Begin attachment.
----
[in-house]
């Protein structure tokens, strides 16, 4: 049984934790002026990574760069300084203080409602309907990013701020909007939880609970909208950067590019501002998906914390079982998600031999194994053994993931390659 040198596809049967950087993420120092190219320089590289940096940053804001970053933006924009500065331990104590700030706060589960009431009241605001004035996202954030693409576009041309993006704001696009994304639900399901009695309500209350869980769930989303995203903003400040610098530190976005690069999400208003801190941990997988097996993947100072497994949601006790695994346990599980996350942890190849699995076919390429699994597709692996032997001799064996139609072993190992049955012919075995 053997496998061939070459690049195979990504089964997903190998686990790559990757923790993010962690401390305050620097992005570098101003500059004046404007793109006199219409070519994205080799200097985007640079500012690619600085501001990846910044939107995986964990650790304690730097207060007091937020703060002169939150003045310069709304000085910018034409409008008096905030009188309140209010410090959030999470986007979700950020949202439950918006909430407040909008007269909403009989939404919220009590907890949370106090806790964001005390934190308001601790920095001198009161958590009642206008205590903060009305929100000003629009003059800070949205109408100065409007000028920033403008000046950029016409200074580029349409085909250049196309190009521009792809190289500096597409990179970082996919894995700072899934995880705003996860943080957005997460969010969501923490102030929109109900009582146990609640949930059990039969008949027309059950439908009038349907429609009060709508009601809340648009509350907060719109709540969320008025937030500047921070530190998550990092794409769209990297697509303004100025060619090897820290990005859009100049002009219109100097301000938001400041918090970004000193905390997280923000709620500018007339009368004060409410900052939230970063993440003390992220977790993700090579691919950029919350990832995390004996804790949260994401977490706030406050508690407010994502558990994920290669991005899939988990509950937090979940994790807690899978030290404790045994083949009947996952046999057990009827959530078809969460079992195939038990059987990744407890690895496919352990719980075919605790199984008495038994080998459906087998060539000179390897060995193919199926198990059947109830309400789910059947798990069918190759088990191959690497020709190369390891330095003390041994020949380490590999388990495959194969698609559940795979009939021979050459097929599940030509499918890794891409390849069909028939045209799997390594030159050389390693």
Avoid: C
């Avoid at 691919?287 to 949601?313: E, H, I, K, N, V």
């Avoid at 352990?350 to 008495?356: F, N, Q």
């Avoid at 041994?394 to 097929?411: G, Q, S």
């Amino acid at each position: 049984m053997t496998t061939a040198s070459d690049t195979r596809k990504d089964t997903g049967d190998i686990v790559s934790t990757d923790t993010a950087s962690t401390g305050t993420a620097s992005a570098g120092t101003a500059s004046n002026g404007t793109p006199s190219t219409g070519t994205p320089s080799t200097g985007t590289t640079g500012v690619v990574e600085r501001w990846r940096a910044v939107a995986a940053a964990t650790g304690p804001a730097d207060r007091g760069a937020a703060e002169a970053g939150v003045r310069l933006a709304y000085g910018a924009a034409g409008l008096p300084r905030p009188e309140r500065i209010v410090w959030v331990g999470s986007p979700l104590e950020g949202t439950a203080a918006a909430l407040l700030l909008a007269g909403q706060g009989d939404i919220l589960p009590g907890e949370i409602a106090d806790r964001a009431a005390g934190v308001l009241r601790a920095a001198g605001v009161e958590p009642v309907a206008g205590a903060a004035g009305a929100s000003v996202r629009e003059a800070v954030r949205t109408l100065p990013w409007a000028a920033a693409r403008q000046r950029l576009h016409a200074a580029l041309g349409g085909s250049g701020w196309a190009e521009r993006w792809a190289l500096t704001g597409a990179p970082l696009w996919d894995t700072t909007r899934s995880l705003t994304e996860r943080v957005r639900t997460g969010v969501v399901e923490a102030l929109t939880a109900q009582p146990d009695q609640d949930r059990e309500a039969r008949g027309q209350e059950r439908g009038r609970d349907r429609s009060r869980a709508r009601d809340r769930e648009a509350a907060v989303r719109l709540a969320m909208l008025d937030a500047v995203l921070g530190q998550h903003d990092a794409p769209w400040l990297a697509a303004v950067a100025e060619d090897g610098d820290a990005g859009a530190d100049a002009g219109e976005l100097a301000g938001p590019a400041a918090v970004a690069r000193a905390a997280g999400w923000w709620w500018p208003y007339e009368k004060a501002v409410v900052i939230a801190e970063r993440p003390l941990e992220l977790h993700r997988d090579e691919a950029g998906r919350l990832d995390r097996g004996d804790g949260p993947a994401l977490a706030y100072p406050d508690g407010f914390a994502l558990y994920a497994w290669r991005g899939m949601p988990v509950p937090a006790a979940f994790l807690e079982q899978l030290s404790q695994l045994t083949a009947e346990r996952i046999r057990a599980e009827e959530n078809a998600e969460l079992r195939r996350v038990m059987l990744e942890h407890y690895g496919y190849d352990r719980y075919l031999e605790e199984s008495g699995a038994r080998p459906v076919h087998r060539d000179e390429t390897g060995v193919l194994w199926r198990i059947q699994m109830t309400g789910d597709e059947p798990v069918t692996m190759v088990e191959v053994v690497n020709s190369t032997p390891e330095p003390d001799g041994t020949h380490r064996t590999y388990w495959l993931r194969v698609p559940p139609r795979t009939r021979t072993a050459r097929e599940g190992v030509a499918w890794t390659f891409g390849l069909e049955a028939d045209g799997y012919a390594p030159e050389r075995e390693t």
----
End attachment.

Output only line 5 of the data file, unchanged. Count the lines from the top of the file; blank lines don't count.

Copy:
């Avoid at 352990?350 to 008495?356: F, N, Q």